(212g) Fate of Sulfur in Coal-Direct Chemical Looping Systems

Authors: 
Chung, C., The Ohio State University
Pottimurthy, Y., The Ohio State University
Xu, M., The Ohio State University
Hsieh, T. L., The Ohio State University
Xu, D., The Ohio State University
Zhang, Y., The Ohio State University
Chen, Y. Y., The Ohio State University
He, P., The Ohio State University
Fan, L. S., The Ohio State University
Tong, A., The Ohio State University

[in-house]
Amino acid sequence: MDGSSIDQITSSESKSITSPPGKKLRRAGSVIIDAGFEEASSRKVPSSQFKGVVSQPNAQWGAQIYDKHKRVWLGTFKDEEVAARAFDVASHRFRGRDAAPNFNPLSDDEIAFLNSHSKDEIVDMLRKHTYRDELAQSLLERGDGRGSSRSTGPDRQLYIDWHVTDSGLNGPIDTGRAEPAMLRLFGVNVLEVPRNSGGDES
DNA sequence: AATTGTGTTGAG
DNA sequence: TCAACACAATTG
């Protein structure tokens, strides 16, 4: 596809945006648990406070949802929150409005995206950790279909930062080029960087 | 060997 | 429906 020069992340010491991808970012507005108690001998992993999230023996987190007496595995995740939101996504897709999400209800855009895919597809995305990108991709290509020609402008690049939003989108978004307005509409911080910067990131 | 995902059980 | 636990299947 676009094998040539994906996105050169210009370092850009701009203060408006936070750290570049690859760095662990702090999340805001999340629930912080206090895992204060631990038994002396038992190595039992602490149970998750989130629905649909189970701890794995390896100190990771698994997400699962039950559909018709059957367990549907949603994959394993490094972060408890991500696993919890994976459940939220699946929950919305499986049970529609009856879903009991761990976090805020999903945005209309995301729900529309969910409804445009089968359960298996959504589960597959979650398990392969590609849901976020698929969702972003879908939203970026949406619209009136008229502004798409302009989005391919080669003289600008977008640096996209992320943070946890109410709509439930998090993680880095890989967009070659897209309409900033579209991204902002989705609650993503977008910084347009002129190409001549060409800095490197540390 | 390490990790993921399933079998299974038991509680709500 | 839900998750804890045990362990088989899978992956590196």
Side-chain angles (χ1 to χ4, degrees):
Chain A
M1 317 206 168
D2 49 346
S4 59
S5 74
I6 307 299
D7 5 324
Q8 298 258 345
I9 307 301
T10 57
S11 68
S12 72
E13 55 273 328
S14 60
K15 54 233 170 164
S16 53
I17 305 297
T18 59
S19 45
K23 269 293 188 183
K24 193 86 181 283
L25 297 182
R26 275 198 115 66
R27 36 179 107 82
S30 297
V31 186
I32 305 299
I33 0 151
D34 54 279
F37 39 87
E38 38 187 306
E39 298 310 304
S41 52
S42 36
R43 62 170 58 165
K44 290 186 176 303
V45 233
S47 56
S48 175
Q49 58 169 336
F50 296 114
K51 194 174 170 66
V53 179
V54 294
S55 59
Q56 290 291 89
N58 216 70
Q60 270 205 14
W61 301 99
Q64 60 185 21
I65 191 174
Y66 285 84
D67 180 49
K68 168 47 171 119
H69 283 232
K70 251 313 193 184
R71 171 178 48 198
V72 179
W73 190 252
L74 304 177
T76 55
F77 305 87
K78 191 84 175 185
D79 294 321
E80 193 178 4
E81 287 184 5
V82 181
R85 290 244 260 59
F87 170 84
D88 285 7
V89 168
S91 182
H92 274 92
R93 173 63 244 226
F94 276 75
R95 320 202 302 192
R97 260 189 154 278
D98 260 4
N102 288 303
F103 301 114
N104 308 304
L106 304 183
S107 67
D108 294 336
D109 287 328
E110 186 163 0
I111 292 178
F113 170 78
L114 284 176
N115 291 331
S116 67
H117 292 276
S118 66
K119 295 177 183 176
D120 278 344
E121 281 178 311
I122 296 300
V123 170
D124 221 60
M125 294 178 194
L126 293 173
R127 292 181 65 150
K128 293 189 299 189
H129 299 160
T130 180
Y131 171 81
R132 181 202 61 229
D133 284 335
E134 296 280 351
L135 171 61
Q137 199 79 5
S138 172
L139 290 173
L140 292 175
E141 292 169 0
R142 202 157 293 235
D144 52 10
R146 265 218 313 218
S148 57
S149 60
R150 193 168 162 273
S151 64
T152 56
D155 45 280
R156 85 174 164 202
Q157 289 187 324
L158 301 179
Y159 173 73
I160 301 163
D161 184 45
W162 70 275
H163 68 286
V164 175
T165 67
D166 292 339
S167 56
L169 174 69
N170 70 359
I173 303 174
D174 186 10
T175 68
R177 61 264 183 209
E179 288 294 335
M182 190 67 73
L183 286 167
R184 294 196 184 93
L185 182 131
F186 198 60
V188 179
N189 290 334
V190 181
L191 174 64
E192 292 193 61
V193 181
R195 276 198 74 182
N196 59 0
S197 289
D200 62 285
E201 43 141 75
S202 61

The fate of sulfur in the coal-direct chemical looping system (CDCL) was investigated in the sub-pilot reactor with a heat-traced gas analysis system. The CDCL process achieves 96.5% carbon capture efficiency with a 26.8% increase in cost of electricity compared to a conventional pulverized coal power plant without CO2 capture. The sulfur balance was successfully closed during the injection of high sulfur coal. More than 69% of sulfur from coal exit the reactor as SO2 and H2S in the reducer flue gas while less than 5% exit as SO2 in the combustor spent air. The remaining sulfur was retained in coal ash as inorganics. The finding suggests an acid gas removal system targeting both H2S and SO2 is required to meet the recommended quality of CO2 stream for sequestration and transportation. Using the determined ratio of SO2 and H2S, a properly designed Claus plant can potentially enable the recovery of elemental sulfur. On the other hand, the combustor spent air was found to comply with the US EPA sulfur emission regulation and can be released to the atmosphere without a costly acid removal system. The relationship between the sulfur and carbon capture efficiencies was established experimentally and was found to be proportional to each other throughout the experiment at a ratio of 0.8 below 93% of carbon capture efficiency and near 1 above 93%. This was attributed to the delayed release of organic sulfur during incomplete char gasification in the reducer. The finding reaffirms the effectiveness of the counter-current moving bed design in minimizing the amount of carbon and sulfur emission in the combustor spent air with an average carbon and sulfur capture efficiency of 96.5 and 95%. Sulfur deposition on the iron based oxygen carriers did not affect the system performance and complete removal of deposited sulfur was observed during oxidation in a thermogravimetric analyzer. The findings demonstrate the robustness of the coal-direct chemical looping system to handle high sulfur coal without complicated acid gas cleaning scheme or severe performance penalties. A 250 kWth pilot scale coal-direct chemical looping reactor has been constructed by Babcock and Wilcox Power Generation Group in Barberton, OH that is undergoing unit testing with both low and high sulfur coal in 2017.